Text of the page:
Read about important Crossroads Charlotte events, information and activities.
Chris Johnson says he’s never found himself at a place where he necessarily wanted for anything. But the 19-year-old journalism student said he got a recent education in just how fortunate he’s been in life.
A film presented by Crossroads Charlotte, Temple Beth-El and Mecklenburg Ministries called “Souls of Our Neighbors” attempted to dispel certain myths about homelessness to a roomful of about 50 gathered Saturday, March 24, at UNC Charlotte’s new Uptown Campus. Most of those attending were from area high schools. Though a contingent of about a half dozen kids from the University of South Carolina Upstate, including Johnson, also attended.
The film depicts the real-life experiences of six Charlotte families who faced and overcame homelessness in what, by many measures, is regarded as one of the most prosperous cities in the country.
Johnson, a sophomore from Hampton, S.C., said he found the story of the Masters family particularly compelling.
Richard and Stacey Masters found themselves having to live in a tent in the woods for five months, even though Stacey had a full-time job. Their two daughters had to do their homework by candlelight.
Sustain Charlotte is a local nonprofit that hopes to solve Charlotte’s sustainability challenges. By all accounts, it looks like Charlotte has a mile-high climb.
But there’s reason for optimism. Sustain Charlotte, along with UNC-Charlotte’s graduate program in Urban Design, will host the first Community Sustainability Awards on Saturday, March 31.
Leaders from local nonprofits, government agencies, businesses and schools will be recognized for their civic action. More than 70 nominations were made. The event is 7-9 p.m. Saturday, March 31, at UNCC’s Center City Building at 320 E. 9th St. The 143,000-square-foot building, which opened last fall, makes for an appropriate venue since it’s LEED-certified.
Local citizens will be rewarded for their efforts at improving the Queen City’s air quality, public transportation, water quality, energy efficiency, parks and green space, said Shannon Binns, executive director of Sustain Charlotte.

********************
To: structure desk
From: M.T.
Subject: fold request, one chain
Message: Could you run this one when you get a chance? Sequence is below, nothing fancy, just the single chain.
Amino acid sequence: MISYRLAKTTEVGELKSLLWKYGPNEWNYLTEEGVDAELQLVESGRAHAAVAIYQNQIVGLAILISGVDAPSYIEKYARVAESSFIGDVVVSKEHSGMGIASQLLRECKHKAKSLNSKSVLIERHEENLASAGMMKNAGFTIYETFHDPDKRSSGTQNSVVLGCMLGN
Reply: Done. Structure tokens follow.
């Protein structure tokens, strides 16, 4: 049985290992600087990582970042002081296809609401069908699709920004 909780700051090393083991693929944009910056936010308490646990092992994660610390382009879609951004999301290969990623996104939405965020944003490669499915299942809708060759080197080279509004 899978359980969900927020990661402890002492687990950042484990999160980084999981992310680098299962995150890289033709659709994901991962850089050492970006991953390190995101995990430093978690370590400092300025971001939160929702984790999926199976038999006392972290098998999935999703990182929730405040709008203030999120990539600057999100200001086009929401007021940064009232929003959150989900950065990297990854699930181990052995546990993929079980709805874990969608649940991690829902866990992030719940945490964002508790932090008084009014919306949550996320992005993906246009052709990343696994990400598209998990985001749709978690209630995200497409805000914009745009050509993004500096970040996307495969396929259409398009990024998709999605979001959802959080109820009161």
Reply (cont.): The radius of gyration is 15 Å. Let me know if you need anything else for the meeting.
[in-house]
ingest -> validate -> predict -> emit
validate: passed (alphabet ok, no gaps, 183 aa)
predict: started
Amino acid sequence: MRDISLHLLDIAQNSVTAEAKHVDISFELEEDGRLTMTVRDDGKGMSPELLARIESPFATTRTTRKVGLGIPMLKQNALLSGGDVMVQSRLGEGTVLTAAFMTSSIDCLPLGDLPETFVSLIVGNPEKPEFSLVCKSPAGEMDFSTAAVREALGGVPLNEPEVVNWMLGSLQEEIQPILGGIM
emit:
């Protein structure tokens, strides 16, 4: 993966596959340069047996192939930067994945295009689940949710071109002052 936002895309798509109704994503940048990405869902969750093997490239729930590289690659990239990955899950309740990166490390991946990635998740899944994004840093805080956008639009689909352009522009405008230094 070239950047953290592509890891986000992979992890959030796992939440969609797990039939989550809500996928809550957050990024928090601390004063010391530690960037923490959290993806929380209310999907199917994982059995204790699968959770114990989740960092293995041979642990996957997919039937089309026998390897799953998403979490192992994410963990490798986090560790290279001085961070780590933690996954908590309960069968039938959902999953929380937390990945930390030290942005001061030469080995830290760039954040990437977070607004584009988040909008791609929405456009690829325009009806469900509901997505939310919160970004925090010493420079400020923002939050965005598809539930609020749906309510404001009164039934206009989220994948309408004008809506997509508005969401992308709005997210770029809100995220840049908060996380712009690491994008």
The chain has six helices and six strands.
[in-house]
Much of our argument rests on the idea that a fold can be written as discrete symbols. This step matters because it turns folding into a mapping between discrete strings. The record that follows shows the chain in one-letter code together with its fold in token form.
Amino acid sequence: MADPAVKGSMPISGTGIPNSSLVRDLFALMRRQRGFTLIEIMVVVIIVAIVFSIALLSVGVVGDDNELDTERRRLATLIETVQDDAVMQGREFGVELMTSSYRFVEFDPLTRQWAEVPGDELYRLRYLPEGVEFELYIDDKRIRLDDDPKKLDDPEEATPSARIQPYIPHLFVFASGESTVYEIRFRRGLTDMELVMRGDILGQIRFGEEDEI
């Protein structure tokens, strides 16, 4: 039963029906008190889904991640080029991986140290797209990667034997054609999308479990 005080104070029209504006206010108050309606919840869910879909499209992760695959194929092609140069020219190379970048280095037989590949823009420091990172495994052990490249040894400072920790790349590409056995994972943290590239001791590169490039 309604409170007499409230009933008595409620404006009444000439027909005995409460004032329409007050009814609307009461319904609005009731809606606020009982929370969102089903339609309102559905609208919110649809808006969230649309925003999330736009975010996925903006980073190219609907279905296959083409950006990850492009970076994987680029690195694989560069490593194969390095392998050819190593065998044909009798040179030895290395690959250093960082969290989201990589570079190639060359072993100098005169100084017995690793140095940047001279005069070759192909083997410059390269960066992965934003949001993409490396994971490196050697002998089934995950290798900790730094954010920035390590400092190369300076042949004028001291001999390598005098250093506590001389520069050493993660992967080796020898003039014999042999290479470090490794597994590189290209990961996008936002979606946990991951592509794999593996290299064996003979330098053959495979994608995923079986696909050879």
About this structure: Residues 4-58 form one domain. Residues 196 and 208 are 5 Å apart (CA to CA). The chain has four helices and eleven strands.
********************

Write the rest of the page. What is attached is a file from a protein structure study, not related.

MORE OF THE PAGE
Sustain Charlotte is a nonprofit that hopes to ensure a sustainable future for the entire Charlotte metropolitan region, Binns said.
The next challenge facing Charlotte’s leaders isn’t the fight for equality, but the fight to treat each other ethically. This is a struggle without an easily recognizable enemy. This battle doesn’t have separate but equal water fountains to dismantle, and it has even fewer laws to pass or overturn. It’s a fight that challenges us to uphold the principles that are the fabric of what American strives to be.
This battle requires us to acknowledge that we are different, to embrace those differences and to treat each other with human dignity.
On Tuesday, March 20, Davidson College President Carol Quillen discussed this new challenge during her keynote address at A Woman’s Place, hosted by Levine Museum of the New South at ImaginOn. Quillen’s talk was part of the celebration honoring Rabbi Judy Schindler as the 2011 Charlotte Woman of the Year.
During the program, Crisis Assistance Ministries executive director Carol Hardison highlighted Schindler’s steadfast efforts to make Charlotte a more humane city. She recalled Schindler’s efforts to help Hurricane Katrina victims. Hardison noted Schindler’s creation of the “Souls...” documentary series which advocates for students, teachers and affordable housing. Hardison talked about Schindler’s decision to step into the fray over same-sex marriage by marrying seven couples in Washington last year.
Here are stories that caught our eye recently...
In the past two years, nearly 70 homeless families in Charlotte have been able to leave overcrowded shelters and step into fully furnished homes, courtesy of a partnership of nonprofits and government agencies. Much of the credit goes to a volunteer group of 75 women from St. Gabriel and St. Matthew Catholic churches.
The Democratic National Convention announced that it plans to spend at least one-third of its money with businesses owned by minorities, women, veterans, people with disabilities and members of the gay community. The efforts include an online vendor directory to help local businesses land work during the DNC.
The Critical Need Response Fund began as a one-winter-only effort to help charities swamped by needy people. But it’s burgeoned into its fourth year, raising money for nonprofits that provide food, clothing shelter and warmth. The United Way, which took over the program in 2010, predicts this year's campaign will raise $100,000 to $300,000 for those in need.
Voices of Love is one of many gospel choirs in the Charlotte region. But what makes this choir unusual is that most of its members are homeless. A core group practices each week at Charlotte’s Urban Ministry Center.
Tim Alden Grant, Emilia Fuentes Grant, Adam Hobbs, and a whole cast of other locals, produced the Bad Romance: Women’s Suffrage video for Soomo Publishing. The video, which premiered recently to coincide with National Women’s Day, pays homage to Alice Paul and the generations of brave women who joined together in the fight to pass the 19th Amendment, giving women the right to vote in 1920.
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Crossroads Charlotte offers numerous ways for citizens to get involved in our community and help shape Charlotte's future. Act Today and make a difference.Act